Your body is built to move. Walking, running, and jumping are all made possible by your 640 muscles, 360 joints, and about 4900 tendons and ligaments.
Without movement, your body can become stiff and brittle, so it makes sense that the brain would have mechanisms in place to reward you when you exercise.
In fact, exercise releases feel-good endorphins and improves cognition, memory, and mood. Exercise also reduces your risk of diseases such as stroke, diabetes, and heart disease (to name a few).
One study of 10,269 men revealed that consistent, moderate exercise – such as tennis, racquetball, jogging or running – reduced their risk of death from all causes by 44 percent!
Exercise is great for you in practically every way imaginable.
But here’s the thing, it’s not any old workout that makes your brain sharper and your body healthier – different types of exercises that have different types of benefits.
With that in mind, let’s look at how workouts benefit your brain and body.
Boost your brain power & vitality
Studies have shown that exercising for 30 to 45 minutes at a time is the best duration for improved mental health. Additionally, studies have identified a basic outline of exercises that are best for your brain and body, including:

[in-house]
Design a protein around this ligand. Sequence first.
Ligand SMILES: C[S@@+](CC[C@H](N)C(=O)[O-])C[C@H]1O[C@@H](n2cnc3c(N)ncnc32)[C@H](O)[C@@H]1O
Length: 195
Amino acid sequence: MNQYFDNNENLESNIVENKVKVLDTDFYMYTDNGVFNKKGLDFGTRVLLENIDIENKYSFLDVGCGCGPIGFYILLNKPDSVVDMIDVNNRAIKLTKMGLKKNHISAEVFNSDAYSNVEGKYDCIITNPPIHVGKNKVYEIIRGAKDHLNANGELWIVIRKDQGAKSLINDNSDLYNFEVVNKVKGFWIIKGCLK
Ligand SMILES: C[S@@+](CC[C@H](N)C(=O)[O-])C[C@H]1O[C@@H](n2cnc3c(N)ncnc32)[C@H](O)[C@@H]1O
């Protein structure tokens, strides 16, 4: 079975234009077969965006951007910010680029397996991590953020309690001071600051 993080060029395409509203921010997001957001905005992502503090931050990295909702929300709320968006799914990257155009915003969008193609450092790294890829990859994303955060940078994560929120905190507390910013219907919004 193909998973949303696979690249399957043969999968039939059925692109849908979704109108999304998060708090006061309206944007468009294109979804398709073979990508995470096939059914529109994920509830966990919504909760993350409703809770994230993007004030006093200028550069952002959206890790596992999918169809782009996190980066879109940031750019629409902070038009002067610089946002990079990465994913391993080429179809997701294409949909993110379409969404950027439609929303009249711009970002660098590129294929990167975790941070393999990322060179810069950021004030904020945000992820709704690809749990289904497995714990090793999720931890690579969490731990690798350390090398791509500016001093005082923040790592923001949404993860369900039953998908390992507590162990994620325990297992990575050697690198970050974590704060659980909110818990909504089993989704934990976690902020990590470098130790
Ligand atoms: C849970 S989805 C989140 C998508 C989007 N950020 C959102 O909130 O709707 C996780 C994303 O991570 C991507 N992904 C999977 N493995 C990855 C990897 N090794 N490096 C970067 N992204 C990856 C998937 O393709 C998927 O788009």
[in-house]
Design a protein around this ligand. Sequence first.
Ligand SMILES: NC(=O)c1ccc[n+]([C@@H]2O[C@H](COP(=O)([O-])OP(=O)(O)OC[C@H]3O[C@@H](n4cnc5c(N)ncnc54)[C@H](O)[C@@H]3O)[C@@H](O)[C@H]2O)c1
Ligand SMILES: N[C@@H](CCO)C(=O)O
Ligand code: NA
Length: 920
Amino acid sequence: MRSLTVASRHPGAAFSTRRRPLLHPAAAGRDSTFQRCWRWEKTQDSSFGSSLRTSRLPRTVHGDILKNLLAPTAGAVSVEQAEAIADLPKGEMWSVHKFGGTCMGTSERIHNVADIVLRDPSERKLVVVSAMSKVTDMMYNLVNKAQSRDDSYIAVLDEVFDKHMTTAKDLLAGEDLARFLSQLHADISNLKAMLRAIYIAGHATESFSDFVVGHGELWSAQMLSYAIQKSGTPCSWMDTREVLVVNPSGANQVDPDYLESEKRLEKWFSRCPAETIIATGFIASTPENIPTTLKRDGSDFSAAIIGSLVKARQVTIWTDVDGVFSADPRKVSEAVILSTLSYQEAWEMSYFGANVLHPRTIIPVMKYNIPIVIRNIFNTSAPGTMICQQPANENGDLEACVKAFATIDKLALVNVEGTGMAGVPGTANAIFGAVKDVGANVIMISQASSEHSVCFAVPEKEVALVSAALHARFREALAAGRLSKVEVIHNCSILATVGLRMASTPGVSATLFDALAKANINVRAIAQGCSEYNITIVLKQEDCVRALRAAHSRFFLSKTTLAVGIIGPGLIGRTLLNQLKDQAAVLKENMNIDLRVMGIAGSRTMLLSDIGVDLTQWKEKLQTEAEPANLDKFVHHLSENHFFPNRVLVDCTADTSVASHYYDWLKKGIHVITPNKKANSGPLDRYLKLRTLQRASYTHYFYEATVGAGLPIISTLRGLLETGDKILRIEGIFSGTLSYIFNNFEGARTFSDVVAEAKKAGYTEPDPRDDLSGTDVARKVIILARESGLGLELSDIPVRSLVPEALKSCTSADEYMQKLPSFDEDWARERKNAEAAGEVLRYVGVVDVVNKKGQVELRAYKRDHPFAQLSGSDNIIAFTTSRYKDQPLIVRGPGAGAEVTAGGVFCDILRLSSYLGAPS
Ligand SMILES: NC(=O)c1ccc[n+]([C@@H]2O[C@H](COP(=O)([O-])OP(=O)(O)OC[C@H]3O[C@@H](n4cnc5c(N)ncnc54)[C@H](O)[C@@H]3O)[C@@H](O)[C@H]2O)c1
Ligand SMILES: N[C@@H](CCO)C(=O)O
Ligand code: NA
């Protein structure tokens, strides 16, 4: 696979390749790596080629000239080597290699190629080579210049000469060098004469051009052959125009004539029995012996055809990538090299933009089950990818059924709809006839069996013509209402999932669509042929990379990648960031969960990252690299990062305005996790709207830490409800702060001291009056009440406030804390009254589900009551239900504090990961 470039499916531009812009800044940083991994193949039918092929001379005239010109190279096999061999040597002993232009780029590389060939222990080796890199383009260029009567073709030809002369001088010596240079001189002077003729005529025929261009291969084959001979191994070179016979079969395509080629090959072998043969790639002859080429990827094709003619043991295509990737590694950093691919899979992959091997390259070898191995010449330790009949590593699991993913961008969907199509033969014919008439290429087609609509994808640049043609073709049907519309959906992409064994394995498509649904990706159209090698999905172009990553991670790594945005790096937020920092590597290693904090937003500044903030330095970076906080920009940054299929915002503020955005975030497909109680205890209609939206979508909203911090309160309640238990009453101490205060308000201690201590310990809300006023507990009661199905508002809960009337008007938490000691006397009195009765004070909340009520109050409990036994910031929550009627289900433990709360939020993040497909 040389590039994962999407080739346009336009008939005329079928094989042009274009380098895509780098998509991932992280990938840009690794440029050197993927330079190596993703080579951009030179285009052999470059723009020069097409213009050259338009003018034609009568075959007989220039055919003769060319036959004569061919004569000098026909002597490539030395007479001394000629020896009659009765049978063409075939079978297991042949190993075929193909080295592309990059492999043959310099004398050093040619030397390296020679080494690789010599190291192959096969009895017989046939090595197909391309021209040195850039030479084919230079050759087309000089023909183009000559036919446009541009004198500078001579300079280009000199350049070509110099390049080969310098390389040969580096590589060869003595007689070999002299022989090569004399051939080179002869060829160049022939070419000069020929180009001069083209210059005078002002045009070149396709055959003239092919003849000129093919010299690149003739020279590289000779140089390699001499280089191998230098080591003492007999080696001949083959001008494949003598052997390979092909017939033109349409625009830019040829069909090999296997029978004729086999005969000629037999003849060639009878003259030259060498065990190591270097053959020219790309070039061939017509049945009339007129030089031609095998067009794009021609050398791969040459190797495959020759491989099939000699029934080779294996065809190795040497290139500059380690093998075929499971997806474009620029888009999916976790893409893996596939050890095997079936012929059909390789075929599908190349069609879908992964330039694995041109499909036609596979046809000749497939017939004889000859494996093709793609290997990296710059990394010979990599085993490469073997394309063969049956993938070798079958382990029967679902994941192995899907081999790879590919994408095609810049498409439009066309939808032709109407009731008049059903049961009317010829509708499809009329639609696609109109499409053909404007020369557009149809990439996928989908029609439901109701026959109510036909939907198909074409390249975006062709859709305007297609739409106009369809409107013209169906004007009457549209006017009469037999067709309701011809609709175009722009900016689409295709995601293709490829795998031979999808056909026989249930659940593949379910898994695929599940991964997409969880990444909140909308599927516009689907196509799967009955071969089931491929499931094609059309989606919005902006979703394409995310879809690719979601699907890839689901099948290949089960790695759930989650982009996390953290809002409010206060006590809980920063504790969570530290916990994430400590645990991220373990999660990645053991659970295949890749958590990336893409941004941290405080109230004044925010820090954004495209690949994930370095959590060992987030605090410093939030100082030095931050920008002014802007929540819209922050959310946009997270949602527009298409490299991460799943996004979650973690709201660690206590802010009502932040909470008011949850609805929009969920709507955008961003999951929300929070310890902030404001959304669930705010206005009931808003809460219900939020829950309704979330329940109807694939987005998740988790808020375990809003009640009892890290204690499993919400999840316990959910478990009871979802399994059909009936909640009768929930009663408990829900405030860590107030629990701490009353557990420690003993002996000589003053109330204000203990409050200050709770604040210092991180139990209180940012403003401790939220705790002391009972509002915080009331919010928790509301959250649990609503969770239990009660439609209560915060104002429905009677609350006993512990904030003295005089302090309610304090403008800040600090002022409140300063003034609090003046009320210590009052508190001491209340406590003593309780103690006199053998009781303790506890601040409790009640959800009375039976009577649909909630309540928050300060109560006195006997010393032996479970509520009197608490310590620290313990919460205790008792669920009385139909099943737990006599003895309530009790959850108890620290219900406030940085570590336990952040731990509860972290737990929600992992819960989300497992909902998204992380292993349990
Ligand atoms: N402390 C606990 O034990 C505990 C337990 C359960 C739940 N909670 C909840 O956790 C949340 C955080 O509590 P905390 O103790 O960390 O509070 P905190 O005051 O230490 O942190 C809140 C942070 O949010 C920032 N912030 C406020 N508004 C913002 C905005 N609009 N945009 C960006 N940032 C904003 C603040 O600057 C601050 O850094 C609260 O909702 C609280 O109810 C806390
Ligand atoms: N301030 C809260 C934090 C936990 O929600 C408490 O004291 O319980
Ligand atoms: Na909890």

- Type: Exercises should be both aerobic and muscle strengthening activities.
- Duration: Ideal exercise duration is 30 minutes a day.
- Intensity: Exercise intensity should be at least moderate (brisk walking), though moderate to vigorous intensity is better (jogging).
- Frequency: It’s best if you exercise every day.
These basic guidelines are not meant to overwhelm you! If you miss a day of working out, don’t beat yourself up over it. What’s more important is that you get back on it, quickly.
Often, people get down on themselves and end up not exercising altogether because they think what they are doing isn’t enough.
You only need 10 minutes…
I can’t stress this enough – taking a 10-minute walk is better than nothing.
Even 10 minutes of daily, moderate exercise has shown to improve mood, help with relaxation and overall health.
And if a lack of time is why you aren’t working out regularly, I have more good news – one study suggests that interval training for only 10 minutes a day can be as beneficial as 45 minutes of low-intensity, continuous cycling.
And you don’t need to be Arnold Schwarzenegger…
If it’s not time that’s holding you back – maybe you’re intimidated by tough workouts or have some physical limitations – but multiple studies have shown that simply walking improves overall health.
In one study of adults ages 60 to 88 in the early stages of Alzheimer’s disease, revealed that walking for 30 minutes – only four days a week – had protective effects on cognition and slowed further cognitive decline.
Another study of people suffering from severe depression, found that simply walking on a treadmill for 30 minutes each day – for only 10 consecutive days – showed a “statistically significant reduction in depression.”
There’s no question that exercise has a myriad benefits for both the brain and the body – even if you have limited time and physical ability.
If you’re interested in pushing beyond minimal exercises, you’ll find that you can improve your mood, cognition, and even shape your body to fit personal preferences.
Here’s what science says about different types of exercise and which you should do, depending on your goals.
Resistance training for a clearer mind, better mood, and a stronger physique